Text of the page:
Ever have the feeling that there are too many possible scenarios to dealing with a situation? Let’s take college work load for example. Ok, so you’re coming into your last week of the semester and you have three separate modules, all of which have assignment deadlines coming thick and fast, plus you have to begin studying for your exams! What is the optimal approach to dealing with this? Do you try and get all of the assignments done by ordering them into different bundles by assignment deadline? Or maybe you should sort them by order of marks per each assignment? Or why not order them by favourite subject to least favourite? So many possibilities but so little time. Wouldn’t it be easy if there were some way that you could bundle all of your options into an optimal number of groups or clusters? Well that is what the principle of K-means clustering algorithm is based on.
Clustering. K-means clustering. It is a form of unsupervised learning, designed to help the user sort out a set of data into a number of clusters. It is not to be confused with K-nearest neighbour (KNN), which will also be dealt with in this post. While I will discuss these two topics one after another, I feel it may be beneficial to lay some basic principles of differentiation between the two before I go any further, as initially I had assumed the K’s were related in both of the algorithms. This is not the case, K-means clustering is an unsupervised clustering algorithm, whereas KNN is a form of supervised learning and is a classification algorithm used for predictions.
A real life example of this might as stated above with the assignment scenario, how can I break these up into clusters? Whereas in the case of KNN, it’s more a case of finding patterns in historical data to try and predict future trends. In the case of a college example it might be reading through past papers to see if you can identify previous patterns that may help you identify what will be on your upcoming exam. Hopefully this is starting to make some sense now before we look at the data. If you want to look into either of the algorithms further then you can do so here:
The data set for this blog is based upon the physical attributes of basketball players, football players and jockeys. The data is all continuous as needed for both algorithms and there are no missing values within the data set.
To determine the optimal number of clusters the set should be split into there are two common methods that can be used in RStudio. The first is a visual plot of the within group sum of squares versus number of clusters. The important thing about this plot is that you want to identify where the clusters start to level out:
Figure 1: SSW vs Number of Clusters
From the above graphic it seems to suggest that 3 is a good number of clusters to choose. Let’s also run an NbClust() function to double check:
Table 1: NbClust table
The table above confirms what the graph has told us and we can also plot this information using a bar chart:
Figure 2: Bar chart of Number of Criteria vs Clusters
We shall select 3 clusters for our analysis.
Cross tabulation of the K-means algorithm reveals where each of the players from each sport was placed:
Table 2: Confusion matrix of K-means analysis
This displays that jockeys were easily placed in one category and nearly all of the footballers also, with a small bit of a crossing in the basketball players. We can view how well the groups were divided by plotting a graph of the distributed cluster analysis and the actual distribution of the players:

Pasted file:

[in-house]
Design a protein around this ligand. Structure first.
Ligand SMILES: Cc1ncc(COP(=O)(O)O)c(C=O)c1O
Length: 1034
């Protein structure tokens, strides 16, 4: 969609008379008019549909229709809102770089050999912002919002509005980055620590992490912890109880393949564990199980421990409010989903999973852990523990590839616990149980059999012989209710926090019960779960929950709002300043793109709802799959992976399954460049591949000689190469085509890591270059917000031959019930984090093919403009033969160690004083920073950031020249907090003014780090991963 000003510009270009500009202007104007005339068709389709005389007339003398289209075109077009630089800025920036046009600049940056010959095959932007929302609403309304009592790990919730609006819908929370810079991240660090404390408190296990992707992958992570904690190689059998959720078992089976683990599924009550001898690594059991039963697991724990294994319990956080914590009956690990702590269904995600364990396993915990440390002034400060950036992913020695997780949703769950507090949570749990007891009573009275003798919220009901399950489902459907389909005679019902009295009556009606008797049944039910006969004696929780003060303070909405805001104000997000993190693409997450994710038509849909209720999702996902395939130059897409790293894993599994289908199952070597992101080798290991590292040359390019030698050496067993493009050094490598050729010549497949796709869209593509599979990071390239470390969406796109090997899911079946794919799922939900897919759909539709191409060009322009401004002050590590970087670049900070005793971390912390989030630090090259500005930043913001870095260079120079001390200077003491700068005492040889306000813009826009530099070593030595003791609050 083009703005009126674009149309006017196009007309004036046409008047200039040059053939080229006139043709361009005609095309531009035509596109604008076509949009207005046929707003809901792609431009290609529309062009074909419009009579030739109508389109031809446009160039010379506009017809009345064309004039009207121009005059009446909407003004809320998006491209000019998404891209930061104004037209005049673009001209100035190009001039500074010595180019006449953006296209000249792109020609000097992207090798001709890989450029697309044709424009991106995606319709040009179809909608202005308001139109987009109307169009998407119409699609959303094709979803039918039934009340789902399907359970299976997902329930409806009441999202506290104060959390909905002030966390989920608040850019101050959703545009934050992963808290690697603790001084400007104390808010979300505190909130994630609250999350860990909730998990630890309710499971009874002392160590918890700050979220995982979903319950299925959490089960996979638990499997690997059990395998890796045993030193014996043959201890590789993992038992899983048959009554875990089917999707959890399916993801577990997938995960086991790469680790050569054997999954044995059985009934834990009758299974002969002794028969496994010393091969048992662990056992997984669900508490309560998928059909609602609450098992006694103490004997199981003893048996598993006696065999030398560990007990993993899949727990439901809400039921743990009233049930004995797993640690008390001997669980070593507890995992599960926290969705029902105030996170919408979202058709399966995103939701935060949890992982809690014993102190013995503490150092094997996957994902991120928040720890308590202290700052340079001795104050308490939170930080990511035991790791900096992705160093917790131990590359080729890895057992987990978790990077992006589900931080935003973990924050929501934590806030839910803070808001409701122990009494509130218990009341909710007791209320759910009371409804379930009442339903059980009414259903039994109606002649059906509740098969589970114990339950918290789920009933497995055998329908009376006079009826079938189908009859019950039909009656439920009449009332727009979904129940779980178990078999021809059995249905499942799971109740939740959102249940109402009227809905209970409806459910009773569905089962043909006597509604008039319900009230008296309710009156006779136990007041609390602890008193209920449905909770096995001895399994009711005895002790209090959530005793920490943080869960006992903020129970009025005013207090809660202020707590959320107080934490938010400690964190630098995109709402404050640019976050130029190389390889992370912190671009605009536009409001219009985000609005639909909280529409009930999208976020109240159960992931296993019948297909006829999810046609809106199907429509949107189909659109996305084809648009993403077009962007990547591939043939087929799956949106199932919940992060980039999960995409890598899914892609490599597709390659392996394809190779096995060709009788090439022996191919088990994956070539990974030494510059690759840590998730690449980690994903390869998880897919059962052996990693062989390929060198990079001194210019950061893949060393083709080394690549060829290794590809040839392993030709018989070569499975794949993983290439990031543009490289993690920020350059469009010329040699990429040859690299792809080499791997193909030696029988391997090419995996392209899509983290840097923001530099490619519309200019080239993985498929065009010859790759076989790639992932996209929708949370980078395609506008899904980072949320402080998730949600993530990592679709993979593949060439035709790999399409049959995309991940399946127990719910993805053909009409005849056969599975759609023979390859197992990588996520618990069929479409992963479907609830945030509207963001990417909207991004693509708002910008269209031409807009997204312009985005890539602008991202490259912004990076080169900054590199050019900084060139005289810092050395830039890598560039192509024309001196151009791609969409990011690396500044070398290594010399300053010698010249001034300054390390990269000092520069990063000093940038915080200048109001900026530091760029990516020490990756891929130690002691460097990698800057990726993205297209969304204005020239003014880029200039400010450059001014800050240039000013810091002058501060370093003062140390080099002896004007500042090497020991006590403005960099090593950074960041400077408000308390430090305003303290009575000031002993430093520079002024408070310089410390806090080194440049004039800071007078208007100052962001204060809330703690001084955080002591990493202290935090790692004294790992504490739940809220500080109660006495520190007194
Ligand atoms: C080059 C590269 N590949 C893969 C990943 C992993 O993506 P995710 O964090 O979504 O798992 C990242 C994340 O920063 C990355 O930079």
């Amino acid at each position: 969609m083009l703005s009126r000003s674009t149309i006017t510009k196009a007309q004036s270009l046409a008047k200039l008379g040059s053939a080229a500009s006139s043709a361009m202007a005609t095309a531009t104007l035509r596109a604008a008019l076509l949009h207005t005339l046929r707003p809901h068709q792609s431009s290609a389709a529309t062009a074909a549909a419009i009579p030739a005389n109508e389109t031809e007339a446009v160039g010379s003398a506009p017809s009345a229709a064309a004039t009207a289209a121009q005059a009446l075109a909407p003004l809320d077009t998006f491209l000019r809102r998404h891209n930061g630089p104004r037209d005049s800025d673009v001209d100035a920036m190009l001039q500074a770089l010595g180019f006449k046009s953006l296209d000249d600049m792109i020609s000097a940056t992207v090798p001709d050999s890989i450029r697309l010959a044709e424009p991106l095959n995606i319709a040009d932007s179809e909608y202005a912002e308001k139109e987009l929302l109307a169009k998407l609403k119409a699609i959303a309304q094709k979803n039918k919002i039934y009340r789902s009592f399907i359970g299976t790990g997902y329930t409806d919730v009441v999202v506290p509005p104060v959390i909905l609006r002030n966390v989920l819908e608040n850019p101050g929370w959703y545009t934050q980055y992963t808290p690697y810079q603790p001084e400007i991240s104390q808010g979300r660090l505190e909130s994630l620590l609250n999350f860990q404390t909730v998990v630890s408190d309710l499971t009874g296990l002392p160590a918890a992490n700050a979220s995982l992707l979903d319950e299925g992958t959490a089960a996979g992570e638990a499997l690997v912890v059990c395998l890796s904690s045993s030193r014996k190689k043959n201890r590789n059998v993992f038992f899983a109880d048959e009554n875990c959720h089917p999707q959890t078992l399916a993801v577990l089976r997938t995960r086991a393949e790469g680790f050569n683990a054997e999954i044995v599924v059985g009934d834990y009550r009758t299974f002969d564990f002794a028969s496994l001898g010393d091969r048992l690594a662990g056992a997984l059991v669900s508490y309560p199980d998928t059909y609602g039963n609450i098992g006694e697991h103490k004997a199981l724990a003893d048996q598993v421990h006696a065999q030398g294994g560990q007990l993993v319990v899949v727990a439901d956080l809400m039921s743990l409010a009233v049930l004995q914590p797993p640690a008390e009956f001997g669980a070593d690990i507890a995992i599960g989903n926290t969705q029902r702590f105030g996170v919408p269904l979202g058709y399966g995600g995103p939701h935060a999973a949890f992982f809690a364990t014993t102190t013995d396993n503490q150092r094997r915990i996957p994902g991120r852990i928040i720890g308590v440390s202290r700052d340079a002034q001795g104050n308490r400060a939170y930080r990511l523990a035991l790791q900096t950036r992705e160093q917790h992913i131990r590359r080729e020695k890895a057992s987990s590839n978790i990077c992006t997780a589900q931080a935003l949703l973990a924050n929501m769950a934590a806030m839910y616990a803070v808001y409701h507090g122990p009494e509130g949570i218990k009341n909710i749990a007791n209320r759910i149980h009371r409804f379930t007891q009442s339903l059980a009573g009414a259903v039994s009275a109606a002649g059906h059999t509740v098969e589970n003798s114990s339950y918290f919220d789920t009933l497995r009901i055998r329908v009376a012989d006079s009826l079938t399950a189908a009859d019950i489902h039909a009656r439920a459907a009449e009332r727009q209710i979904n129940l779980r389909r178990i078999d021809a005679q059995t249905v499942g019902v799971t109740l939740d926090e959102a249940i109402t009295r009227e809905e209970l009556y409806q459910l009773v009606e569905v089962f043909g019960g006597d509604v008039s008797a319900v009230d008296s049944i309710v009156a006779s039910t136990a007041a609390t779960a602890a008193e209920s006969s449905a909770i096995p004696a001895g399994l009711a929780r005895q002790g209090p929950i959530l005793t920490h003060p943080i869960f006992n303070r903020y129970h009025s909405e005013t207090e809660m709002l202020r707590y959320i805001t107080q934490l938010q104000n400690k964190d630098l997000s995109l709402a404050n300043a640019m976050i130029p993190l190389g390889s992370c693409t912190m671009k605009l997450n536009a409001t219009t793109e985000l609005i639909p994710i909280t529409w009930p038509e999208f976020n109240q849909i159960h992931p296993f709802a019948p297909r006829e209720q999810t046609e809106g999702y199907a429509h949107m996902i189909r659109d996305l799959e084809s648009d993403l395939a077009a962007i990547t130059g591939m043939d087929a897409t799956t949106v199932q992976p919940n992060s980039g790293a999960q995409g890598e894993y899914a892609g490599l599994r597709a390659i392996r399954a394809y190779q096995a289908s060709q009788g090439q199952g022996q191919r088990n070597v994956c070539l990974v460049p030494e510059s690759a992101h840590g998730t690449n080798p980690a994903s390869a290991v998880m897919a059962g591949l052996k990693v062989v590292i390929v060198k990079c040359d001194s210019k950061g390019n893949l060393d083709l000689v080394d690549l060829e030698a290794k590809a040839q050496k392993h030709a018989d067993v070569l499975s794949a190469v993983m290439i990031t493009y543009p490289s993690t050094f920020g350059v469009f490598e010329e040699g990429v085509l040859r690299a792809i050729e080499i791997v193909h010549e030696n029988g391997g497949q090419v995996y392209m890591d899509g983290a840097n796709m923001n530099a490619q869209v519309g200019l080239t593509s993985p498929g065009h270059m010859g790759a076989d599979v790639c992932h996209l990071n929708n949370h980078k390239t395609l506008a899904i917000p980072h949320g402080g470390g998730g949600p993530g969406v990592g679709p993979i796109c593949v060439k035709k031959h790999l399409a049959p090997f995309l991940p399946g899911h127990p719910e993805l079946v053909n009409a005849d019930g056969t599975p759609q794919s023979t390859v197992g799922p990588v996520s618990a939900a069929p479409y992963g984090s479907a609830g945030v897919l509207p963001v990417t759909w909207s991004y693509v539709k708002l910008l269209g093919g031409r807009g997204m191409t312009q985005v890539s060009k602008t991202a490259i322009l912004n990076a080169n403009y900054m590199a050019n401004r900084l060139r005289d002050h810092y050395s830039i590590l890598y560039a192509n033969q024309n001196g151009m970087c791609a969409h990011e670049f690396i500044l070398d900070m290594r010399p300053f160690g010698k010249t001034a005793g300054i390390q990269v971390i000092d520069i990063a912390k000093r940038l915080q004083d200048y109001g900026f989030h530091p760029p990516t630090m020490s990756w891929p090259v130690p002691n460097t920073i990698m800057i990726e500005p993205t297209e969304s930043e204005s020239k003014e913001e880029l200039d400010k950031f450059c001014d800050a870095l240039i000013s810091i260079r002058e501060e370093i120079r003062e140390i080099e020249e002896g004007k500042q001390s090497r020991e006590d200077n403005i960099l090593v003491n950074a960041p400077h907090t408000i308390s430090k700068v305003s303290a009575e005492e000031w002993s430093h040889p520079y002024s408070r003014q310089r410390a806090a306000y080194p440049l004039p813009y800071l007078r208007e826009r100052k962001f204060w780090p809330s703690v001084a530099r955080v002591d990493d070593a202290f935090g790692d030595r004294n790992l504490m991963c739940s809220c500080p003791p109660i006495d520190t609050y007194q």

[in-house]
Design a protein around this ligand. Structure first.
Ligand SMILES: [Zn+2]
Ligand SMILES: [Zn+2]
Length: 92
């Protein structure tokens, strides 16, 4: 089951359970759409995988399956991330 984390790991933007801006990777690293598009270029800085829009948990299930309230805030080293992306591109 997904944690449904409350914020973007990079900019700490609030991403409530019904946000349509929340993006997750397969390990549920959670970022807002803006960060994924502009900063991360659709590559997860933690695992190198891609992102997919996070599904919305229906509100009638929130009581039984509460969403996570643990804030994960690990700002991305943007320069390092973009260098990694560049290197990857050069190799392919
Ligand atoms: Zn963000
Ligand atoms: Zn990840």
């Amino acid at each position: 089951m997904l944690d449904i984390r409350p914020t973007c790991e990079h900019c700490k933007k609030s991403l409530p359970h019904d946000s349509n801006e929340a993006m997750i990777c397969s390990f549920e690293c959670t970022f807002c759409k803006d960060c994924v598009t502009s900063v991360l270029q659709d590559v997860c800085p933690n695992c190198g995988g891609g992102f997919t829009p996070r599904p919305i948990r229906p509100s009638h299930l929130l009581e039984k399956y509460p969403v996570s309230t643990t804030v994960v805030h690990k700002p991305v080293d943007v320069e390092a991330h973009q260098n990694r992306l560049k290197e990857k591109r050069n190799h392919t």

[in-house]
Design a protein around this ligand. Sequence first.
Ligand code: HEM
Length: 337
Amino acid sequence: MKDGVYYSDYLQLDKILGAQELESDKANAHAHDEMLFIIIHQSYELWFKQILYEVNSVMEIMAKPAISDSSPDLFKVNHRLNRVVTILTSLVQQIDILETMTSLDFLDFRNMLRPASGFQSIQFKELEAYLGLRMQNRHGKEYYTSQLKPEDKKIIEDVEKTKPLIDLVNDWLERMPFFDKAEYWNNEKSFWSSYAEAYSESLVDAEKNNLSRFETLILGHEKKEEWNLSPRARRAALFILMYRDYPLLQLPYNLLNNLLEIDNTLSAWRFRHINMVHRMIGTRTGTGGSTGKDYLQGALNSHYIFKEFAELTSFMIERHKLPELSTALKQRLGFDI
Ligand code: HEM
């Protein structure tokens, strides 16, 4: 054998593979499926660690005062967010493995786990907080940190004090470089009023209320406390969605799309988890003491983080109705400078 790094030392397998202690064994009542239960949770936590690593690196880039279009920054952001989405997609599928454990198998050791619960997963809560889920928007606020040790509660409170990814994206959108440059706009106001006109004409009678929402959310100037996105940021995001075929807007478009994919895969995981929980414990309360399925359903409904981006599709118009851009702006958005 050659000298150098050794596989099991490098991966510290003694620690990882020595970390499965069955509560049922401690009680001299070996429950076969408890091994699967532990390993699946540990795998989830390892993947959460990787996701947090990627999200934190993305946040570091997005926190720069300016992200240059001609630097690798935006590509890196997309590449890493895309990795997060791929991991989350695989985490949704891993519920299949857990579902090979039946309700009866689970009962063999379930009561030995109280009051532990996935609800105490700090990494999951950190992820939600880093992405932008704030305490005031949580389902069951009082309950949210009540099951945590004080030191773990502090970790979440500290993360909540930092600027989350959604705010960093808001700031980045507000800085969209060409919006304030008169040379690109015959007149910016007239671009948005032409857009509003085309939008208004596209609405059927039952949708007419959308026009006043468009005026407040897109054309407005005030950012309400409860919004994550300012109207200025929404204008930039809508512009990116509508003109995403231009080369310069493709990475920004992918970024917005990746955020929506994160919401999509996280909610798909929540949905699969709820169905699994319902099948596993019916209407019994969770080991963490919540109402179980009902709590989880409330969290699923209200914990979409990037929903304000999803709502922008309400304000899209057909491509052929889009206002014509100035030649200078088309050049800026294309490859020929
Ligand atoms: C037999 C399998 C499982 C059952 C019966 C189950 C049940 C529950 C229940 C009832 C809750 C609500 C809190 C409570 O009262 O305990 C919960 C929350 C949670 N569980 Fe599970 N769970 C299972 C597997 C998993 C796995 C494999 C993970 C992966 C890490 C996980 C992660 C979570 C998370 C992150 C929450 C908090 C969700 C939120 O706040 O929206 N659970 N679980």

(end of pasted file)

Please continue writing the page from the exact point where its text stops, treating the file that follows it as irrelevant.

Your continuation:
Figure 3: Cluster distribution vs Actual distribution
The left hand side shows how they were distributed with some crossover. The right is the actual distribution.
Finally the RandIndex() function in RStudio tells us the level of agreement between the division of each cluster. A score of 1 represents perfect agreement and a score of -1 represents no agreement at all. The score here is 0.9, which means it has quite a high level of agreement between each of the clusters.
Figure 4: API Score
Nearest Neighbour Analysis
The data set is the same as was used for the cluster analysis. Just by visualizing the data we can see a small positive correlation between height and weight across the sports with jockeys being lightest and smallest and basketball players being tallest and heaviest.
Figure 5: Scatter Plot of Weight(kg) vs Height(cm)
As was said previously, KNN is a prediction model, so the data is separated into a train and test set to see how accurate the prediction is. When creating the KNN algorithm there are really two important rules you should consider:
- Make sure the k number is odd so that a tie cannot occur
- Try and make the k number not equal to, or a multiple of the number of
neighbours in your training data set as it also may result in a tie
In the case of this data set k was set as equal to 5. The results are displayed below:
Table 3: KNN Cross Table
The cross table displays a high level of accuracy in terms of predicting players by sport. The only one that wasn’t predicted 100% accurately was the basketball players. However, it should be noted that the basketball players were the youngest of the three groups and had the highest standard deviation, meaning that some of the players were still young teens and so while they may have been tall, their physicality may have been misjudged in the weight category.
To summarise, both of these algorithms are effective in their own right and can be used well on data sets containing continuous attributes. This particular data set worked very nicely to demonstrate both the clustering and classification algorithms, K-means and KNN.